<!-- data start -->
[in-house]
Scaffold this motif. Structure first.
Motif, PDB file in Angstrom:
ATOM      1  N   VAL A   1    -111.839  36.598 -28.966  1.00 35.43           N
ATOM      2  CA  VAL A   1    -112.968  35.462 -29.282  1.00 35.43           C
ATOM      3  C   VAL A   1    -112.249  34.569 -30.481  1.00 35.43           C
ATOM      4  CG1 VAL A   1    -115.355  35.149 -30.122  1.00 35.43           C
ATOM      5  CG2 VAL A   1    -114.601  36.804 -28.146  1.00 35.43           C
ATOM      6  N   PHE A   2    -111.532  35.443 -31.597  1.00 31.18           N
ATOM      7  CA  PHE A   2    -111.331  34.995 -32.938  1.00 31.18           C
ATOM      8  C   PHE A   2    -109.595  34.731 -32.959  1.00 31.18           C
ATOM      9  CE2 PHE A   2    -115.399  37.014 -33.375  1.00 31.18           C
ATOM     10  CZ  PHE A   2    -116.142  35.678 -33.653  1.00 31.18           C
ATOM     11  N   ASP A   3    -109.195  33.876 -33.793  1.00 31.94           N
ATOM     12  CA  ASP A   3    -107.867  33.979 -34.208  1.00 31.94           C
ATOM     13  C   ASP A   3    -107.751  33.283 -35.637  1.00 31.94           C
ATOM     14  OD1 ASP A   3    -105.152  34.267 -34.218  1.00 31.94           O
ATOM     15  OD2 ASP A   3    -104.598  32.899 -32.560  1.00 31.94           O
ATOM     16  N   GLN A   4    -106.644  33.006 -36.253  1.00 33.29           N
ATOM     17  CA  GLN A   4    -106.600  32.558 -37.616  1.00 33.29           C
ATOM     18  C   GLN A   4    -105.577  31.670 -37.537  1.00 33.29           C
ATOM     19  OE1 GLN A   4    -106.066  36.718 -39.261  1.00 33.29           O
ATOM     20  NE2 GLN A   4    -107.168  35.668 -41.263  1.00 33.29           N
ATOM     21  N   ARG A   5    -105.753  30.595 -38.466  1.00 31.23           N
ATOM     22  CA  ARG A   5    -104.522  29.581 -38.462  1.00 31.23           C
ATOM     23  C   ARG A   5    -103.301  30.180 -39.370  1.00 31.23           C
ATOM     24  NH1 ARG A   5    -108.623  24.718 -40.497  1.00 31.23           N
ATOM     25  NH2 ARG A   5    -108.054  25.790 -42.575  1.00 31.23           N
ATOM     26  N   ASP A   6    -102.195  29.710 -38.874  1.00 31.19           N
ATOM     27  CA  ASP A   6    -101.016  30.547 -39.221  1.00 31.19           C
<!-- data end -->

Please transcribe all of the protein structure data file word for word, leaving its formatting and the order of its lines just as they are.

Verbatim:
[in-house]
Scaffold this motif. Structure first.
Motif, PDB file in Angstrom:
ATOM      1  N   VAL A   1    -111.839  36.598 -28.966  1.00 35.43           N
ATOM      2  CA  VAL A   1    -112.968  35.462 -29.282  1.00 35.43           C
ATOM      3  C   VAL A   1    -112.249  34.569 -30.481  1.00 35.43           C
ATOM      4  CG1 VAL A   1    -115.355  35.149 -30.122  1.00 35.43           C
ATOM      5  CG2 VAL A   1    -114.601  36.804 -28.146  1.00 35.43           C
ATOM      6  N   PHE A   2    -111.532  35.443 -31.597  1.00 31.18           N
ATOM      7  CA  PHE A   2    -111.331  34.995 -32.938  1.00 31.18           C
ATOM      8  C   PHE A   2    -109.595  34.731 -32.959  1.00 31.18           C
ATOM      9  CE2 PHE A   2    -115.399  37.014 -33.375  1.00 31.18           C
ATOM     10  CZ  PHE A   2    -116.142  35.678 -33.653  1.00 31.18           C
ATOM     11  N   ASP A   3    -109.195  33.876 -33.793  1.00 31.94           N
ATOM     12  CA  ASP A   3    -107.867  33.979 -34.208  1.00 31.94           C
ATOM     13  C   ASP A   3    -107.751  33.283 -35.637  1.00 31.94           C
ATOM     14  OD1 ASP A   3    -105.152  34.267 -34.218  1.00 31.94           O
ATOM     15  OD2 ASP A   3    -104.598  32.899 -32.560  1.00 31.94           O
ATOM     16  N   GLN A   4    -106.644  33.006 -36.253  1.00 33.29           N
ATOM     17  CA  GLN A   4    -106.600  32.558 -37.616  1.00 33.29           C
ATOM     18  C   GLN A   4    -105.577  31.670 -37.537  1.00 33.29           C
ATOM     19  OE1 GLN A   4    -106.066  36.718 -39.261  1.00 33.29           O
ATOM     20  NE2 GLN A   4    -107.168  35.668 -41.263  1.00 33.29           N
ATOM     21  N   ARG A   5    -105.753  30.595 -38.466  1.00 31.23           N
ATOM     22  CA  ARG A   5    -104.522  29.581 -38.462  1.00 31.23           C
ATOM     23  C   ARG A   5    -103.301  30.180 -39.370  1.00 31.23           C
ATOM     24  NH1 ARG A   5    -108.623  24.718 -40.497  1.00 31.23           N
ATOM     25  NH2 ARG A   5    -108.054  25.790 -42.575  1.00 31.23           N
ATOM     26  N   ASP A   6    -102.195  29.710 -38.874  1.00 31.19           N
ATOM     27  CA  ASP A   6    -101.016  30.547 -39.221  1.00 31.19           C